Students need to keep campus clean

With new students visiting every day for orientation in the upcoming weeks, the class of 2013 is forming their first impressions of the University.

These impressions include the Quad, Green Street, Foellinger Auditorium, and, unfortunately, the trash that lines the streets in the heart of campus.

As students who have walked these streets many times, it’s easy for us to become indifferent to the cans, plastic bags and bottles, fast food wrappers, pizza boxes, newspapers and cigarette butts.

Disposable items aren’t the only problem: every year, students abandon perfectly functional couches, TV sets, and bookshelves before they leave for the summer.

Students and other residents have many opportunities to responsibly dispose of their waste. There are green RSOs, volunteer-based campus clean-ups, recycling programs through Facilities and Services and many locations in Champaign that accept recyclable goods.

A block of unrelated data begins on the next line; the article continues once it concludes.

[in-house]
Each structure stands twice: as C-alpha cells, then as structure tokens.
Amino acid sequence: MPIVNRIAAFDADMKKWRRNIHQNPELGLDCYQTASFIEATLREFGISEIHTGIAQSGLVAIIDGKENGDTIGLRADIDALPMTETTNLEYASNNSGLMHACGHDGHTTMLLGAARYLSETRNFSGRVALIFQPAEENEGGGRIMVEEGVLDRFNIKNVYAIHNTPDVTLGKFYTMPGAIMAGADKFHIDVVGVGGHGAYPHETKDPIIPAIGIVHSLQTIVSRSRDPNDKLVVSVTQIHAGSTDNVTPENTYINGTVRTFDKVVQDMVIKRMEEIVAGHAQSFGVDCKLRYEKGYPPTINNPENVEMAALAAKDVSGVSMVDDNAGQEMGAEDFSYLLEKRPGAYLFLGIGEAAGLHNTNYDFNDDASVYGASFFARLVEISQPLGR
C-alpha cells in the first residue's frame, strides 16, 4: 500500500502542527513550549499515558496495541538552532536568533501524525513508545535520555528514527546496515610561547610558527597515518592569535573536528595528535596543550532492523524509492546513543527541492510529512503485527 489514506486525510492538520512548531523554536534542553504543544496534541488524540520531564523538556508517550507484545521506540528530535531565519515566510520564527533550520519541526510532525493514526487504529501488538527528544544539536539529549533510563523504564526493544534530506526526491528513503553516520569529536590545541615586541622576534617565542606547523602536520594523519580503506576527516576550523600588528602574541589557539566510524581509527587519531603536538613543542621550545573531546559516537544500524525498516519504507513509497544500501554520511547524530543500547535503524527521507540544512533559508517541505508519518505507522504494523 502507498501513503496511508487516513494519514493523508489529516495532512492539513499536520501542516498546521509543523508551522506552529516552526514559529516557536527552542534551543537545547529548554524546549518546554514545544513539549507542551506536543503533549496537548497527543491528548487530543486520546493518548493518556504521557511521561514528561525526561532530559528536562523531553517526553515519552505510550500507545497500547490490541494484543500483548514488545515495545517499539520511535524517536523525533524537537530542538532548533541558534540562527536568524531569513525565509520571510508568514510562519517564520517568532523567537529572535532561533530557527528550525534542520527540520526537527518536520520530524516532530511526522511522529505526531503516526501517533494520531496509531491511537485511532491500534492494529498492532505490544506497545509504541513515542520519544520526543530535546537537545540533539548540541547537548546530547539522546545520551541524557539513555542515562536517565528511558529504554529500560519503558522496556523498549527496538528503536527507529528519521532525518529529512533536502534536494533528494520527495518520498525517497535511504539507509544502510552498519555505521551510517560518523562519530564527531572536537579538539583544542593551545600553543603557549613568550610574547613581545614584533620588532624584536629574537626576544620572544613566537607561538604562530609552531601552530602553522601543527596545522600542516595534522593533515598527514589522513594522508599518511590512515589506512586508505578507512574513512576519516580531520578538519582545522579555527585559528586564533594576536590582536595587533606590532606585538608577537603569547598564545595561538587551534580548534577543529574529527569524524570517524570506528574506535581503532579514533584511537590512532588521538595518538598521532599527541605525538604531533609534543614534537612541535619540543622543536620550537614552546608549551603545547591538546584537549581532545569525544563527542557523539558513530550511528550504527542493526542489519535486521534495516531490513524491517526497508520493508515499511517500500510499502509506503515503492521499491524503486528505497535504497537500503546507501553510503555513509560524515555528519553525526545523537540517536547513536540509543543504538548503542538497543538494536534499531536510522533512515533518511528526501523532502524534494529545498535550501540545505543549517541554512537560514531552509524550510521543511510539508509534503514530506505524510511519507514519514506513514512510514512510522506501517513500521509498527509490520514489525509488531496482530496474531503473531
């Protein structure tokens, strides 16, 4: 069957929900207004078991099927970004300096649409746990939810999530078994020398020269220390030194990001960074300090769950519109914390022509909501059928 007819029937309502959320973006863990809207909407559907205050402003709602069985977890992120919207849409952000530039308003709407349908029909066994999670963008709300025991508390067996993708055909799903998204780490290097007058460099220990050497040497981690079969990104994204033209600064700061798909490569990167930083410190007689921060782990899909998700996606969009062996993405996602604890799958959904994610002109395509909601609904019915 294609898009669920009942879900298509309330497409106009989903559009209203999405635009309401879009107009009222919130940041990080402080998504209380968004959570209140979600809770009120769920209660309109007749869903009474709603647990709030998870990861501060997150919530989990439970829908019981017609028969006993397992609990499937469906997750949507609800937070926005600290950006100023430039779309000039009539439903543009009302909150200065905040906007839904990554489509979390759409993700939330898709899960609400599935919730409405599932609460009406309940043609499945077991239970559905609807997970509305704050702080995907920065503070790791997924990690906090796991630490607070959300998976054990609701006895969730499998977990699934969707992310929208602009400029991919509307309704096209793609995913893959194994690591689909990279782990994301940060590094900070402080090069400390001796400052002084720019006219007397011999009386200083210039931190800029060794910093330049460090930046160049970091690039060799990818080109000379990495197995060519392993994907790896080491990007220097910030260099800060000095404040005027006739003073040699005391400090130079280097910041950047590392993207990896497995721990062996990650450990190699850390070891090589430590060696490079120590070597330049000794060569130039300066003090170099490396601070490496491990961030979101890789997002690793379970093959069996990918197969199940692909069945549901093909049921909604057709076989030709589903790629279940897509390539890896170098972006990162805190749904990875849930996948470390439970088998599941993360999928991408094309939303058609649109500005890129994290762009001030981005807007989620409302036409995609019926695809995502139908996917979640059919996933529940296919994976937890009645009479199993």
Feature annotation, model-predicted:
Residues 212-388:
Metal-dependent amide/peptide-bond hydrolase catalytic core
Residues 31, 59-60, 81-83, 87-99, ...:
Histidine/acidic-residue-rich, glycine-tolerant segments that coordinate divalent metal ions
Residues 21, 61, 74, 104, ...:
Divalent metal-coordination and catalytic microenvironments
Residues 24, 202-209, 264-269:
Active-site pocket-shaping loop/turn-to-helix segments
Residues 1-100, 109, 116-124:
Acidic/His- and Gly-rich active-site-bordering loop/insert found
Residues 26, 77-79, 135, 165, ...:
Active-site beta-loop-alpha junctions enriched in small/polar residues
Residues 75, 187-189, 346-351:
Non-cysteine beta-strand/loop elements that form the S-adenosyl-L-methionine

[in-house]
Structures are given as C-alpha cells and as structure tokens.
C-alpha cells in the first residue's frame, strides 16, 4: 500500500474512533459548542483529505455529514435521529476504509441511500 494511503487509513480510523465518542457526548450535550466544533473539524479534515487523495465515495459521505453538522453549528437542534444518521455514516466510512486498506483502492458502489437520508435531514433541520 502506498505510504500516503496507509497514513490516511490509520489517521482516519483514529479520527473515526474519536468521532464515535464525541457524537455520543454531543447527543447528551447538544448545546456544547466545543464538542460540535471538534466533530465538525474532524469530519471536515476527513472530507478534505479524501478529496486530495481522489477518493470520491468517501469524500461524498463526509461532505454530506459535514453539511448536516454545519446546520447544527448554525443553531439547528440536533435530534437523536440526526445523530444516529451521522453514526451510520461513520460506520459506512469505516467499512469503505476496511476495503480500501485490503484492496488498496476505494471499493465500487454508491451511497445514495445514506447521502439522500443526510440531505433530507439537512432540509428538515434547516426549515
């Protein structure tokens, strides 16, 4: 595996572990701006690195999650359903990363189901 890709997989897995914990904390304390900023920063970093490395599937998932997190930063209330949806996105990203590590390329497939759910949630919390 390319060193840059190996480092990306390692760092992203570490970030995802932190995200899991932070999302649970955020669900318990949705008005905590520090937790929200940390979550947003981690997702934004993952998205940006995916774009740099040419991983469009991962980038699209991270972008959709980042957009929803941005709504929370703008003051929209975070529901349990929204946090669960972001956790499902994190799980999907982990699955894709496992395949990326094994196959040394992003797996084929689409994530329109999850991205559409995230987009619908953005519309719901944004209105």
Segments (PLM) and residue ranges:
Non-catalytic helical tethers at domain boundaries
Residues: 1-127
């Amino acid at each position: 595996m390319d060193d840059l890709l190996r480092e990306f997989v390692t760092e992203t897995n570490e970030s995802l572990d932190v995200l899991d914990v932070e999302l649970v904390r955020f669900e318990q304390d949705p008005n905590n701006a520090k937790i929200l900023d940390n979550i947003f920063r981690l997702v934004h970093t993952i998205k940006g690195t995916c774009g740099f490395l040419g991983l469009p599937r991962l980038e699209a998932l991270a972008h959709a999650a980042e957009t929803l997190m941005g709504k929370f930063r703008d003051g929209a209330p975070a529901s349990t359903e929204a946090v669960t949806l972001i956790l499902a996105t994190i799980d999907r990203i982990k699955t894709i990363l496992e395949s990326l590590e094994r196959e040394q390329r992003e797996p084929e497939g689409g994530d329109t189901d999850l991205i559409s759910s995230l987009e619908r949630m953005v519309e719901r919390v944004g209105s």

But the truth is, not enough of campus takes advantage of them.

Our trash problem is far from unique. An article in last week’s Time Magazine spotlighted the issue of disposing of appliances, furniture and electronics left behind by departing students. At George Washington University, a Dump and Run program collected over 53,000 pounds of goods this year.

The University YMCA offers a similar Dump and Run program, collecting unwanted items for resale from the end of the spring semester until August.

Goodwill and Salvation Army also welcome donations of furniture and electronics, and the Center for Women in Transition encourages donations of gently used clothes and unopened toiletries.

Keeping the campus clean is our responsibility. We’ve all been lectured on the importance of properly disposing of trash, but judging from the appearance of campus, the lessons haven’t stuck.

Littering is a vicious cycle — the worse the campus looks, the less people bother to keep it clean.

With the influx of current students returning to campus for the second summer session next week and freshmen-to-be arriving on campus for the first time, now is a more important time than any to keep our campus clean.

The condition of our campus reflects on us, and we’re constantly being judged by those who pass through it.

Taking care of our campus takes effort on our part, but we will be the ones to reap the rewards.